Fuji XF 18-55mm F2.8-4 R Lens Vs. Fuji XF 18mm F2.0 R Lens:
The new Fuji XF 18-55mm F2.8-4 R lens is a great lens, and for the most part, it’s been well received. It performs well optically, it’s easy to use, it’s small, and it focuses pretty quick. With the release of this new zoom, I’m pretty sure many of you are wondering if you even need the Fuji primes. Well, maybe I wouldn’t go that far since I love primes :). But who knows, maybe you’re starting out, and you want to get the most out of your money or if you’re like me, you just want to lighten your bag a bit.
Whatever the reason, my question is, can the zoom really replace the excellent Fuji primes? Specifically for this test, can the zoom at the 18mm focal length replace the XF 18mm prime? Again, I love the primes but ever since I bought the zoom, I honestly don’t carry my primes much anymore (with the exception of the XF 35mm F1.4). I’m not saying the primes are bad; I’m saying the zoom is really that good. For me, image quality from the zoom is comparable to the primes, and I’m happy enough with the zoom that I’d rather have a lighter bag. Plus, the zoom is very quiet, and it focuses faster.
↑ The compact XF 18mm F2.0 R lens.
While I say the zoom is comparable in image quality to the primes, I never really did a flat out test to confirm this. For me, how I know if I like a lens is I play with it to test everything from the form factor, how it functions in the field, to how good the optical quality is. For instance, I’m willing to sacrifice a little sharpness for ease of use. I just want to make sure that overall, I can live with the lens, I love using it, and it does what it’s suppose to do, which is produce awesome photos. So, this is my first lens comparison, and I decided to include more factors than just overall image quality. I wanted to include factors that most people would consider when buying a lens because let’s be honest; we demand a lot from a lens other than just really sharp photos. So, let’s get started.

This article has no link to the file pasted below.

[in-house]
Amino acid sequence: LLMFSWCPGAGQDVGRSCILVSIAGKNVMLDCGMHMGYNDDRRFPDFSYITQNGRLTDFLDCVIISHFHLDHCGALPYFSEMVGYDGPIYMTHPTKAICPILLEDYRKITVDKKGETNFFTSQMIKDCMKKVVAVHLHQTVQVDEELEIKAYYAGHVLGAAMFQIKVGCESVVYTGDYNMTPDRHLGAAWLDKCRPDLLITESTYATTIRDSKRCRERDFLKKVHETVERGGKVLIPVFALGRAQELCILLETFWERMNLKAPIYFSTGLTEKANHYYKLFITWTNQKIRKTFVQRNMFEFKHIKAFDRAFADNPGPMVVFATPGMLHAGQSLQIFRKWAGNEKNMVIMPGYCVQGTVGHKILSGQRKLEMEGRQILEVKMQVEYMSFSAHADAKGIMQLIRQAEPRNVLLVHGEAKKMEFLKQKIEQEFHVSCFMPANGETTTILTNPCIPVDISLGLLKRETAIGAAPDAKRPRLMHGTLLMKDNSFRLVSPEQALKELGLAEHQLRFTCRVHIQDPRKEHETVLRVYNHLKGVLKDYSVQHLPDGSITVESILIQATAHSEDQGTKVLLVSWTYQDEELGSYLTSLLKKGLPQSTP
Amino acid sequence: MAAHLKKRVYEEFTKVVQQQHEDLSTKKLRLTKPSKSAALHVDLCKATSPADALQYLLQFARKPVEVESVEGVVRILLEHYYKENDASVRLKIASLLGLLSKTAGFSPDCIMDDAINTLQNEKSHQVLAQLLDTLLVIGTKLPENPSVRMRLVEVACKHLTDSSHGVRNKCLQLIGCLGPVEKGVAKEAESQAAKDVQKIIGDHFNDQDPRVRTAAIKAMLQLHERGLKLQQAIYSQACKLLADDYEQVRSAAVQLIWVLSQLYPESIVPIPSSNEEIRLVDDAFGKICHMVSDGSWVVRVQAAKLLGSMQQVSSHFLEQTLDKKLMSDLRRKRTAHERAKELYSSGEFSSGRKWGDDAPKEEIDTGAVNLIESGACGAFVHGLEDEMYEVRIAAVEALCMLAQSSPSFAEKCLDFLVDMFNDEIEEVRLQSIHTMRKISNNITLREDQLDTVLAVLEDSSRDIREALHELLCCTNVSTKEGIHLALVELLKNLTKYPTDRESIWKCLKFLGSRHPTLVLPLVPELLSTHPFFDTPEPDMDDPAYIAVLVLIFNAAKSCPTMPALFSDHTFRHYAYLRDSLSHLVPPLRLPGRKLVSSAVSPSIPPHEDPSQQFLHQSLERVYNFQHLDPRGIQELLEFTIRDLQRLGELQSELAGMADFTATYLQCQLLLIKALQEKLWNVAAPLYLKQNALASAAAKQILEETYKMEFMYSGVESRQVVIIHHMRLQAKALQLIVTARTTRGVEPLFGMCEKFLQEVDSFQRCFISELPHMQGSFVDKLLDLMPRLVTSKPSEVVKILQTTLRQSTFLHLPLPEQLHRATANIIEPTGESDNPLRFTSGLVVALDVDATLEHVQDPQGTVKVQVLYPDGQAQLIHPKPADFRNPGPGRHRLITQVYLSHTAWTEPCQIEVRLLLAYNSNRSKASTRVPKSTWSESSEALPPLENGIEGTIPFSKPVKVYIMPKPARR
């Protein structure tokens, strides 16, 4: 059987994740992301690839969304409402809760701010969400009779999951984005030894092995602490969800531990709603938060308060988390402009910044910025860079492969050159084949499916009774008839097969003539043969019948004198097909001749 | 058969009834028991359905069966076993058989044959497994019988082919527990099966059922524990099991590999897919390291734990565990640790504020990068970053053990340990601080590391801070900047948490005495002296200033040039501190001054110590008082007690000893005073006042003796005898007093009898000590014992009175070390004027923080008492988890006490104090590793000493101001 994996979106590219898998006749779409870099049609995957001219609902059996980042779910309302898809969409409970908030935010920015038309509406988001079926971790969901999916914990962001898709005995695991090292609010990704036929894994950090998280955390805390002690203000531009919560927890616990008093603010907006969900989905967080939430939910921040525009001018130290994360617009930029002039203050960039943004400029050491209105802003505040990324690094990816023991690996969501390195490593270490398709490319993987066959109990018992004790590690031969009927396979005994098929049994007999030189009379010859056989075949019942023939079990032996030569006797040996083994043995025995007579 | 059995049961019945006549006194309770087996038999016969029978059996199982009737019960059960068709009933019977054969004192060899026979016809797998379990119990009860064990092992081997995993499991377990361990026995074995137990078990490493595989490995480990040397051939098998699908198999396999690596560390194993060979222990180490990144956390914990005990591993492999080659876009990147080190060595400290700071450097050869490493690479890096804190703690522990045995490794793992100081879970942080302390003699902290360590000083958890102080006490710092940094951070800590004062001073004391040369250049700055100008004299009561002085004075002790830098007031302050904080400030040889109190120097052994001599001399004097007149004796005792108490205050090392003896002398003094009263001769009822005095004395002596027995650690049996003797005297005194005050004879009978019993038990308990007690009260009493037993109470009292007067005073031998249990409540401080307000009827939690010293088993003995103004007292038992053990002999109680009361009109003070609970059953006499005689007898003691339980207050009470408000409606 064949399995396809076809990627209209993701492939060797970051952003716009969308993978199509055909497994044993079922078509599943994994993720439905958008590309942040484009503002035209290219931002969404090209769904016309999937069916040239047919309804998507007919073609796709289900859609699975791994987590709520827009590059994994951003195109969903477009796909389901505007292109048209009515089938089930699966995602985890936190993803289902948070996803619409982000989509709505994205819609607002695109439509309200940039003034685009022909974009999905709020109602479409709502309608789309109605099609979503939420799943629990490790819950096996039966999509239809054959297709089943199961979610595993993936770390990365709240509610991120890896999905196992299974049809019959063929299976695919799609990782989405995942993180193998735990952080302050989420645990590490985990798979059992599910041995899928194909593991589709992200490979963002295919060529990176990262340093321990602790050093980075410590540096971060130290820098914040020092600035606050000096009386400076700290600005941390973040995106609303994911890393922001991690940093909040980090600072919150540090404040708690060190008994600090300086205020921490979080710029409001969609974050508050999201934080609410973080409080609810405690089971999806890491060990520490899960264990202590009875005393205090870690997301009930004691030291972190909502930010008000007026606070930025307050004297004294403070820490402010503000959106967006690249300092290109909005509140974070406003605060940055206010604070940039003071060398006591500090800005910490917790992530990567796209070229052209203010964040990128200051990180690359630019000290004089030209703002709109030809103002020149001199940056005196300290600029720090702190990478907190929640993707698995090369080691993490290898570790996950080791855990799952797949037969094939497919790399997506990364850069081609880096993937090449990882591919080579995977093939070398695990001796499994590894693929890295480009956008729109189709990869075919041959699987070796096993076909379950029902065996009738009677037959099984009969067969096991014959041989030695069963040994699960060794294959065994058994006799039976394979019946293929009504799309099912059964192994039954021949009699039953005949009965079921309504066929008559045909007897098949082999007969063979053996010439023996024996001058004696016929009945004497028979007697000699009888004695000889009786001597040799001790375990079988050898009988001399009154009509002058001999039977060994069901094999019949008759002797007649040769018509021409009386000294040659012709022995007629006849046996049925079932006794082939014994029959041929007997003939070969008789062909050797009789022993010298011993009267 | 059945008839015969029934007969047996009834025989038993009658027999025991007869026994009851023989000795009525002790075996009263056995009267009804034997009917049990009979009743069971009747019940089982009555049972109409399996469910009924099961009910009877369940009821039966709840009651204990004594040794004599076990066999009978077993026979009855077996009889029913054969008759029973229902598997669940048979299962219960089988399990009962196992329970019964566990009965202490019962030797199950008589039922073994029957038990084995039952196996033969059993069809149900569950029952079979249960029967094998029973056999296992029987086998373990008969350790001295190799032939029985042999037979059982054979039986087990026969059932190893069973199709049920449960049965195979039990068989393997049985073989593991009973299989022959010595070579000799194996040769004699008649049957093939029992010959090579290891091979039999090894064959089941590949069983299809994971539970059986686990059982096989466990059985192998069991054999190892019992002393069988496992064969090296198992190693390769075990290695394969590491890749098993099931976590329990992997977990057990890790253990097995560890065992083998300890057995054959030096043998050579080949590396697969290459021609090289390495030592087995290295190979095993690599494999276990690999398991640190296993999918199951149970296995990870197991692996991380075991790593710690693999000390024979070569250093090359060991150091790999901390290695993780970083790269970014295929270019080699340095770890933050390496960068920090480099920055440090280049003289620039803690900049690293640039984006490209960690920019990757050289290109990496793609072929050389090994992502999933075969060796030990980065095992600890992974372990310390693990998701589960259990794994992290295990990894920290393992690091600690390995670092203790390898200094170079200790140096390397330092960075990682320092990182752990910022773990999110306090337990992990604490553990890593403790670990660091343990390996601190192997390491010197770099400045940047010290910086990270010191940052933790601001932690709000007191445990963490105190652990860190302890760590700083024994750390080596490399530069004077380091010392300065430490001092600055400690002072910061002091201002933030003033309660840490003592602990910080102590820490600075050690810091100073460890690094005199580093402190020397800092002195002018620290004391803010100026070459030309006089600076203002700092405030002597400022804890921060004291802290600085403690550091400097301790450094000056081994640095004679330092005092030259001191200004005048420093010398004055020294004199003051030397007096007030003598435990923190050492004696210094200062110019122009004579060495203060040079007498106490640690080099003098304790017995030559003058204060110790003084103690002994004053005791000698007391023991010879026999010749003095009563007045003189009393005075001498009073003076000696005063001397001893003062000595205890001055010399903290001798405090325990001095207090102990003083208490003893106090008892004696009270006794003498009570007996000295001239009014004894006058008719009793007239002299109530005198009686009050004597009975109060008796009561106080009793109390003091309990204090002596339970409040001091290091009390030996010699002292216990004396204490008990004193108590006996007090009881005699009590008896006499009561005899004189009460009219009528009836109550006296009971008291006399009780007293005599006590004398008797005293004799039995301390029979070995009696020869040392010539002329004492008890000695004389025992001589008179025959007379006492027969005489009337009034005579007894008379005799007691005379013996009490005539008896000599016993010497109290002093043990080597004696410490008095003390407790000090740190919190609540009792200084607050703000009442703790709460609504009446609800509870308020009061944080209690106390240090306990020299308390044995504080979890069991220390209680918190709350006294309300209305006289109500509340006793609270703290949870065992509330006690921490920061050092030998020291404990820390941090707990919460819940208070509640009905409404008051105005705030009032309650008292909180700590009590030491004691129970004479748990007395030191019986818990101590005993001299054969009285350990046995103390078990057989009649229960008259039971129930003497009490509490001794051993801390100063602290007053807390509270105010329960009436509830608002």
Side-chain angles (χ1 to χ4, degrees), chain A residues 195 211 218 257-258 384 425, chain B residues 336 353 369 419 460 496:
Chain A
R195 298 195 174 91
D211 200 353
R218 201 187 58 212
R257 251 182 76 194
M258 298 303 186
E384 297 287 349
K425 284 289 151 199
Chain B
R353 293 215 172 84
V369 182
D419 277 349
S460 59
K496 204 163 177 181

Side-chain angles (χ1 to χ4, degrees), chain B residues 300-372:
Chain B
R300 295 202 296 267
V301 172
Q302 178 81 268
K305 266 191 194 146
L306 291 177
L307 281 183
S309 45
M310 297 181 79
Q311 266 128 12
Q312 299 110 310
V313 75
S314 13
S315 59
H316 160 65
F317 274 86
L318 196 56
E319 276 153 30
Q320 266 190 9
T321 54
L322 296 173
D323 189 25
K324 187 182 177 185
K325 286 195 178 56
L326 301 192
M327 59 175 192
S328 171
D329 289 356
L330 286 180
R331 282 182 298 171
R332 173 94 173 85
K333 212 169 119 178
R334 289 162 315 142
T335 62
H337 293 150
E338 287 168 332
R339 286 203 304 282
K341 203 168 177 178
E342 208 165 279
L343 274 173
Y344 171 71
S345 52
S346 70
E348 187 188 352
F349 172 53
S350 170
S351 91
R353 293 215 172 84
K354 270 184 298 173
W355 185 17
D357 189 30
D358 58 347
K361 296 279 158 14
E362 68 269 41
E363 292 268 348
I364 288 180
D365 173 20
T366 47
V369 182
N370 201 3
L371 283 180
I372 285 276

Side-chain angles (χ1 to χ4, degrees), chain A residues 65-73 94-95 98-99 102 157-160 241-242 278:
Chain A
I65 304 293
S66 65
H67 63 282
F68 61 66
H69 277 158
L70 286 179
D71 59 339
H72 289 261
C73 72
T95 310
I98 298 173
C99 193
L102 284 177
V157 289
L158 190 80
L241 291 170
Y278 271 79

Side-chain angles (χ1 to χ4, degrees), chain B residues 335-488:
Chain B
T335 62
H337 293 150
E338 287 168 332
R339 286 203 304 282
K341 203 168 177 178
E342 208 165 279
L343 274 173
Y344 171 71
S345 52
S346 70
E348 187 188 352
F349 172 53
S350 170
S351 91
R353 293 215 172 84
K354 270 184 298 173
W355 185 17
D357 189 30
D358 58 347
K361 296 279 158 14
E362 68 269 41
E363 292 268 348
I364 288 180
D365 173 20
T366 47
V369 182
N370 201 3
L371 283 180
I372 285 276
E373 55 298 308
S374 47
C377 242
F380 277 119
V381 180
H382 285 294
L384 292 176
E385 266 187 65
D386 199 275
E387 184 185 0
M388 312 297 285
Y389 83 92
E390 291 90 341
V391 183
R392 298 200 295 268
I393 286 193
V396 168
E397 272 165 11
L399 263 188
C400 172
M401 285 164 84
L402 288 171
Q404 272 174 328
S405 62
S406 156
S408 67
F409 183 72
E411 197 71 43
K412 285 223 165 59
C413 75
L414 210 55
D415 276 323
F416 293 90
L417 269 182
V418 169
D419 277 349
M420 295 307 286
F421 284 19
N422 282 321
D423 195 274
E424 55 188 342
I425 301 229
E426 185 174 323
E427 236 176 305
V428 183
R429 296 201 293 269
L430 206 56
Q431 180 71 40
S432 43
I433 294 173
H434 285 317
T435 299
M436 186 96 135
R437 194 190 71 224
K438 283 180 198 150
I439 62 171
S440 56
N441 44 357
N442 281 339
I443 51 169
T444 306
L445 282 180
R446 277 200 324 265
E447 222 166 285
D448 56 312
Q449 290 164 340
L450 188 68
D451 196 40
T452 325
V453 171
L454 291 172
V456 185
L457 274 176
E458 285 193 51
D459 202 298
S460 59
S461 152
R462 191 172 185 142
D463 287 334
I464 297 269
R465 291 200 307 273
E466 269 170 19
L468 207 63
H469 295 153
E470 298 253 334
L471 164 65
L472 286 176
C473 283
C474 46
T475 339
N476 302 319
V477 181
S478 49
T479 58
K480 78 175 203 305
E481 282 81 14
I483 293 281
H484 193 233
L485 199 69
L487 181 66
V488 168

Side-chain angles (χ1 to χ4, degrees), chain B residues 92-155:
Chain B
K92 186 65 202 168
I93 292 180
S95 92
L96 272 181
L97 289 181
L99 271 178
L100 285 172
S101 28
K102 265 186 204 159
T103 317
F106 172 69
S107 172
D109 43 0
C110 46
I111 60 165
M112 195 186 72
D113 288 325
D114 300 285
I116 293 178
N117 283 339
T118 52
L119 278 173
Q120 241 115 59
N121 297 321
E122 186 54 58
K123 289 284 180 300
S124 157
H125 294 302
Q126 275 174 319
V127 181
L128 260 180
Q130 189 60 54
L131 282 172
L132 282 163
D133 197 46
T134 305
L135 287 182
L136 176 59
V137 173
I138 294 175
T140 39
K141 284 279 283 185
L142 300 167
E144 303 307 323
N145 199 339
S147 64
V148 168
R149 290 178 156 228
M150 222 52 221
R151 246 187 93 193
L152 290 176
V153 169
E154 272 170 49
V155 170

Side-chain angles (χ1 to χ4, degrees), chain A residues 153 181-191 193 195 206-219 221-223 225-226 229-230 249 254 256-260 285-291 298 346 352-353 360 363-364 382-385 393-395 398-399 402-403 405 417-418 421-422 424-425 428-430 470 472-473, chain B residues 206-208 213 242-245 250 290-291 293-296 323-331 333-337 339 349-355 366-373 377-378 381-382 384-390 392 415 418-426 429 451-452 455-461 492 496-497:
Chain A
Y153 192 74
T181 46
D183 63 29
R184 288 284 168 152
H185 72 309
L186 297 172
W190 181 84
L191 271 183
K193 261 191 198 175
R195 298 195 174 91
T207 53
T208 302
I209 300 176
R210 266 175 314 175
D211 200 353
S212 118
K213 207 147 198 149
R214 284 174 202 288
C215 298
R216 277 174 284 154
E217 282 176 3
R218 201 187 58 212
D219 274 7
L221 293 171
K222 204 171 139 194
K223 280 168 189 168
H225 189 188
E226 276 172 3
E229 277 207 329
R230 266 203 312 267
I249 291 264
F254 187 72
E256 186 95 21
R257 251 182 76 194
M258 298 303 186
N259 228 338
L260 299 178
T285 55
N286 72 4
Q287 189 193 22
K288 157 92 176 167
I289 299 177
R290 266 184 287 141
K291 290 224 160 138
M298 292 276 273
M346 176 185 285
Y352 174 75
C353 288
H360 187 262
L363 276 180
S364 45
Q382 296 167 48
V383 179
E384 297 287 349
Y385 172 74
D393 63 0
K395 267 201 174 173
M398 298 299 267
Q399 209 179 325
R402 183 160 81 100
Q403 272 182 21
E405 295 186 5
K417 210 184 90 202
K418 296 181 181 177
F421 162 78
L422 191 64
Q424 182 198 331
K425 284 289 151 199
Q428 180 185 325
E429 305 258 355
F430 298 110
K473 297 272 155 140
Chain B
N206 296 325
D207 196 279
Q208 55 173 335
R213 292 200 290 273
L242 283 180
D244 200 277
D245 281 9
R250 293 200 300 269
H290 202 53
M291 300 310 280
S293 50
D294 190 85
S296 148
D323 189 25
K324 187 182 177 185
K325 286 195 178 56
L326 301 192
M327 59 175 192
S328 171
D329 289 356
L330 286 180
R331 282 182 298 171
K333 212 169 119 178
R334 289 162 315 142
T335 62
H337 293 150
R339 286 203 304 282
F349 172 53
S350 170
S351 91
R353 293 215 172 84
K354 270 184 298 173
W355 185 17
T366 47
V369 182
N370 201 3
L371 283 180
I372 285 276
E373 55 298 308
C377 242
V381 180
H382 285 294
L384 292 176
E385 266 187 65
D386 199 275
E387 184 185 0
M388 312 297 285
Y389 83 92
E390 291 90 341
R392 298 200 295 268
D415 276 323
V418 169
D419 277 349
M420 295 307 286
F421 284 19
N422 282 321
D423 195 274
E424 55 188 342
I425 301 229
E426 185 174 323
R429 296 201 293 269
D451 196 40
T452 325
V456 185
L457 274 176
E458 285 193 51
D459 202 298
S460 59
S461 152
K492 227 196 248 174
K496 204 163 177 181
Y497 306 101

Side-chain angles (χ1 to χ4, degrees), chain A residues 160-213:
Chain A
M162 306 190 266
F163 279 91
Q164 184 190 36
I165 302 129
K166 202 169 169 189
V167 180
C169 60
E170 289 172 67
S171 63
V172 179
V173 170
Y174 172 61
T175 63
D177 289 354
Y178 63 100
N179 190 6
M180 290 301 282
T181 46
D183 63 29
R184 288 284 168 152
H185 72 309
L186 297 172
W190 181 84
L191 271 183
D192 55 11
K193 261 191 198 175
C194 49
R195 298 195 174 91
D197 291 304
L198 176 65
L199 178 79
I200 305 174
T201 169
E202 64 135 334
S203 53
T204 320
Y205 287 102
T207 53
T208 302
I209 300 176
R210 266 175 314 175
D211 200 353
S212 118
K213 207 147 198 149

↑ The new XF 18-55mm F2.8-4 R lens.
Size, Weight, And Feel of These Two Fuji Lenses:
If portability, discreetness, and lightness are what you’re looking for, then buy the XF 18mm F2.0 R lens. I can’t even tell you that you won’t notice much of a difference between these two lenses in terms of size because look at the photos :). The XF 18mm is not only a lot smaller than the zoom; it’s also a lot lighter. However, I personally like the added heft in the zoom. I find the XF 18mm a bit light, and hollow feeling for my taste. Plus, the XF 18-55mm is just built better, and feels more solid.
↑ A side by side comparison between the XF 18-55mm and the XF 18mm.